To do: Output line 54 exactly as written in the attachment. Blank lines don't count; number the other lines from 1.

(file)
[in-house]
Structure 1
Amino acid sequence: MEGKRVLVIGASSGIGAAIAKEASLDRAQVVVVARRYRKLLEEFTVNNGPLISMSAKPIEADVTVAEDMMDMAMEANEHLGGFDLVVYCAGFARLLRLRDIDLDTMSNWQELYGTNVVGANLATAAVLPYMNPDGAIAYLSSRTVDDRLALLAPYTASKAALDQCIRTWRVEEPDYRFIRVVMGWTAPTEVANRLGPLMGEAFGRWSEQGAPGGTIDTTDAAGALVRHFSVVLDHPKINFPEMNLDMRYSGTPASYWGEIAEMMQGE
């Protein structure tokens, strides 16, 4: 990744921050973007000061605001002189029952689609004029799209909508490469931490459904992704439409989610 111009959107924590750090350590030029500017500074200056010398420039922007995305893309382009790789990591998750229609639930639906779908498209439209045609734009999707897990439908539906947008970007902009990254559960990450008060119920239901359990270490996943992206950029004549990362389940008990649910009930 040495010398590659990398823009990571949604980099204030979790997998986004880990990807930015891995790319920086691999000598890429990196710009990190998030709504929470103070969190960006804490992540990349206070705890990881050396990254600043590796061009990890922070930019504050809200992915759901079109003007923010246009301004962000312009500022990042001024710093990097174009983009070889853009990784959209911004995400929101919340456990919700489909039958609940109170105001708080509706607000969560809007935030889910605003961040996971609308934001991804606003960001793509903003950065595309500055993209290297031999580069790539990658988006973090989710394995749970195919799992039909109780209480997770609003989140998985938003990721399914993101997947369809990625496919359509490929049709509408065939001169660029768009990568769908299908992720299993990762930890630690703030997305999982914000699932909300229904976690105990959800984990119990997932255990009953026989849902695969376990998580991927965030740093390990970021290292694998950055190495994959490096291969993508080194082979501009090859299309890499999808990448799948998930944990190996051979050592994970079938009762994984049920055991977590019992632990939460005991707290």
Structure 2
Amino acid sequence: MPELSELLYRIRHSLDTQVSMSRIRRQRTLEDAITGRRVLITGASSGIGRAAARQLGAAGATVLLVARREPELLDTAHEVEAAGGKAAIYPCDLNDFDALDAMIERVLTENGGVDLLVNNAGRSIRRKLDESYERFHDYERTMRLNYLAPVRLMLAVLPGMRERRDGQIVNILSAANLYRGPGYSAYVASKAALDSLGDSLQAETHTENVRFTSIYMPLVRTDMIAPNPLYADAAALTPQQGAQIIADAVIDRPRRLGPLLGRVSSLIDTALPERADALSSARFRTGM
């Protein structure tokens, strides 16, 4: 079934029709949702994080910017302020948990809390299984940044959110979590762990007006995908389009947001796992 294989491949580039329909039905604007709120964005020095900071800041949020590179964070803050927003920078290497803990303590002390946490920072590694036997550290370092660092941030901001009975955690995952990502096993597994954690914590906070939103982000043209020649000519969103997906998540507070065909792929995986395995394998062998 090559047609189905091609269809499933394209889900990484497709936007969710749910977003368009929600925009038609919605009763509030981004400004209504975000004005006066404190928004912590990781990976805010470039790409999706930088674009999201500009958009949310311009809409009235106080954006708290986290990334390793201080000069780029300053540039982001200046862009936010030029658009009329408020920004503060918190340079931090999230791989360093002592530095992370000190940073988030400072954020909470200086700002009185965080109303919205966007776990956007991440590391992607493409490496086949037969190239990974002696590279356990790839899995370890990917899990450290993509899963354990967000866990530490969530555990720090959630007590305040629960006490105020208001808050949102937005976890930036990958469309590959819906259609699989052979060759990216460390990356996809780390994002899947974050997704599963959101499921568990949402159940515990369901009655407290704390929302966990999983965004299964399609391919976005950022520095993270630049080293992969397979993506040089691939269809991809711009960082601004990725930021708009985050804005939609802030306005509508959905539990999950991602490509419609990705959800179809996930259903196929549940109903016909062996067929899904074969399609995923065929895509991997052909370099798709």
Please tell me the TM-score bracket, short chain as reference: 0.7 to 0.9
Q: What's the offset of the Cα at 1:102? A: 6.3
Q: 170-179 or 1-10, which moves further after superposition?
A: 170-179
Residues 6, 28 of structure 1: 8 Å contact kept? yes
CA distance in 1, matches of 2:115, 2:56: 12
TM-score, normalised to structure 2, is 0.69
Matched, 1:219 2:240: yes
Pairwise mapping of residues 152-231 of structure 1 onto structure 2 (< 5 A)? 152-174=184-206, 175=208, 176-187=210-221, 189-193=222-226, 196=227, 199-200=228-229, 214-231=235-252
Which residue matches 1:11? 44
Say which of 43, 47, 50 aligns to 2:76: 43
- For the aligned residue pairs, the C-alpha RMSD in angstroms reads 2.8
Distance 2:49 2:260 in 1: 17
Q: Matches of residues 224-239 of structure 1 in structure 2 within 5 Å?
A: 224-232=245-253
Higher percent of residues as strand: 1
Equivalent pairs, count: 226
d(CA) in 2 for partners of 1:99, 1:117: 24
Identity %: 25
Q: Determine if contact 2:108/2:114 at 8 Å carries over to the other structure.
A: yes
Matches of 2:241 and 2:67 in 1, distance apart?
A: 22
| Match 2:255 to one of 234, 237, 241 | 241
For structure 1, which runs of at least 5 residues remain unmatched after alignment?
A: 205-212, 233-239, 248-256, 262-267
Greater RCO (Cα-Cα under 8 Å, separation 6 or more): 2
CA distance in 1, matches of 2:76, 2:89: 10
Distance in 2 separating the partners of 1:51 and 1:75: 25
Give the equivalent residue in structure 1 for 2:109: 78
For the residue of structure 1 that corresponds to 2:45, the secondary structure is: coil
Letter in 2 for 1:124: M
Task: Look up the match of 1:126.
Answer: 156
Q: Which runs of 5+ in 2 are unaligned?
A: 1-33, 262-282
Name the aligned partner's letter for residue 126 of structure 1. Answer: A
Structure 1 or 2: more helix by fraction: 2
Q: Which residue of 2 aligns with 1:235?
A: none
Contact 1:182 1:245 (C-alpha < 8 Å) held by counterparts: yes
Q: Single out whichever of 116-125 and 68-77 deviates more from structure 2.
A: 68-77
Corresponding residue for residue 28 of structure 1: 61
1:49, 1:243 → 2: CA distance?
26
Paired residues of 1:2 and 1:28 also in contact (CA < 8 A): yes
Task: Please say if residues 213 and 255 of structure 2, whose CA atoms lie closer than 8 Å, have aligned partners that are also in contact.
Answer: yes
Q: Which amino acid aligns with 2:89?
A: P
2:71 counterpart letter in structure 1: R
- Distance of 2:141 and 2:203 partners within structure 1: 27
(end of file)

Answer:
Paired residues of 1:2 and 1:28 also in contact (CA < 8 A): yes